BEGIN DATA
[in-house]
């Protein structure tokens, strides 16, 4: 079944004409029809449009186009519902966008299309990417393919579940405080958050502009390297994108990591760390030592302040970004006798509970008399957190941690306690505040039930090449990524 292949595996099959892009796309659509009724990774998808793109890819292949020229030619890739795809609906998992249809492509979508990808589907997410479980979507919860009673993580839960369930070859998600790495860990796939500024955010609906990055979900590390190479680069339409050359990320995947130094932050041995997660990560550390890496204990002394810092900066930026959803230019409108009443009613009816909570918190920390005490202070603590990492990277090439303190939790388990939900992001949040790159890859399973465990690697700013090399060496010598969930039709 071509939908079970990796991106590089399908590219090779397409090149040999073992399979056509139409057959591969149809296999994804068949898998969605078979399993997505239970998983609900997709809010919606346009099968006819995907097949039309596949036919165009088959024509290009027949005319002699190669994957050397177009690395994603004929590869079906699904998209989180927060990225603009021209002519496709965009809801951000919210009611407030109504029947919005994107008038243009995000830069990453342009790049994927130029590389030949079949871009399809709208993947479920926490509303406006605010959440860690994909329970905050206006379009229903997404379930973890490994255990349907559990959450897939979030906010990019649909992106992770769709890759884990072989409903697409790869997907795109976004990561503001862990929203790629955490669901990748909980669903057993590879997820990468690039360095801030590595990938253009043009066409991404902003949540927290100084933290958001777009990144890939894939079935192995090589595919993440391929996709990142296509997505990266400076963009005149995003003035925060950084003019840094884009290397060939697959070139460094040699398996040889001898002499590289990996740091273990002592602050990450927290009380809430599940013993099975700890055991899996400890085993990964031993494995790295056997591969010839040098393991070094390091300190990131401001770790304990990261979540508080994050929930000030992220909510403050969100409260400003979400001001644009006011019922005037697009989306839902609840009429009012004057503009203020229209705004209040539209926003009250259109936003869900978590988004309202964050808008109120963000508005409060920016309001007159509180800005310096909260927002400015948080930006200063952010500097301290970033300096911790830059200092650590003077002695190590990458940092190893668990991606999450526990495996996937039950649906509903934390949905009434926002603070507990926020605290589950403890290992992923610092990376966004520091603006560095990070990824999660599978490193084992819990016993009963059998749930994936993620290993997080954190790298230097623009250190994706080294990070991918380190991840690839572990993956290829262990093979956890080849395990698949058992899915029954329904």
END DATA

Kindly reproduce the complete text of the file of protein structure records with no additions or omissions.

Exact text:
[in-house]
């Protein structure tokens, strides 16, 4: 079944004409029809449009186009519902966008299309990417393919579940405080958050502009390297994108990591760390030592302040970004006798509970008399957190941690306690505040039930090449990524 292949595996099959892009796309659509009724990774998808793109890819292949020229030619890739795809609906998992249809492509979508990808589907997410479980979507919860009673993580839960369930070859998600790495860990796939500024955010609906990055979900590390190479680069339409050359990320995947130094932050041995997660990560550390890496204990002394810092900066930026959803230019409108009443009613009816909570918190920390005490202070603590990492990277090439303190939790388990939900992001949040790159890859399973465990690697700013090399060496010598969930039709 071509939908079970990796991106590089399908590219090779397409090149040999073992399979056509139409057959591969149809296999994804068949898998969605078979399993997505239970998983609900997709809010919606346009099968006819995907097949039309596949036919165009088959024509290009027949005319002699190669994957050397177009690395994603004929590869079906699904998209989180927060990225603009021209002519496709965009809801951000919210009611407030109504029947919005994107008038243009995000830069990453342009790049994927130029590389030949079949871009399809709208993947479920926490509303406006605010959440860690994909329970905050206006379009229903997404379930973890490994255990349907559990959450897939979030906010990019649909992106992770769709890759884990072989409903697409790869997907795109976004990561503001862990929203790629955490669901990748909980669903057993590879997820990468690039360095801030590595990938253009043009066409991404902003949540927290100084933290958001777009990144890939894939079935192995090589595919993440391929996709990142296509997505990266400076963009005149995003003035925060950084003019840094884009290397060939697959070139460094040699398996040889001898002499590289990996740091273990002592602050990450927290009380809430599940013993099975700890055991899996400890085993990964031993494995790295056997591969010839040098393991070094390091300190990131401001770790304990990261979540508080994050929930000030992220909510403050969100409260400003979400001001644009006011019922005037697009989306839902609840009429009012004057503009203020229209705004209040539209926003009250259109936003869900978590988004309202964050808008109120963000508005409060920016309001007159509180800005310096909260927002400015948080930006200063952010500097301290970033300096911790830059200092650590003077002695190590990458940092190893668990991606999450526990495996996937039950649906509903934390949905009434926002603070507990926020605290589950403890290992992923610092990376966004520091603006560095990070990824999660599978490193084992819990016993009963059998749930994936993620290993997080954190790298230097623009250190994706080294990070991918380190991840690839572990993956290829262990093979956890080849395990698949058992899915029954329904």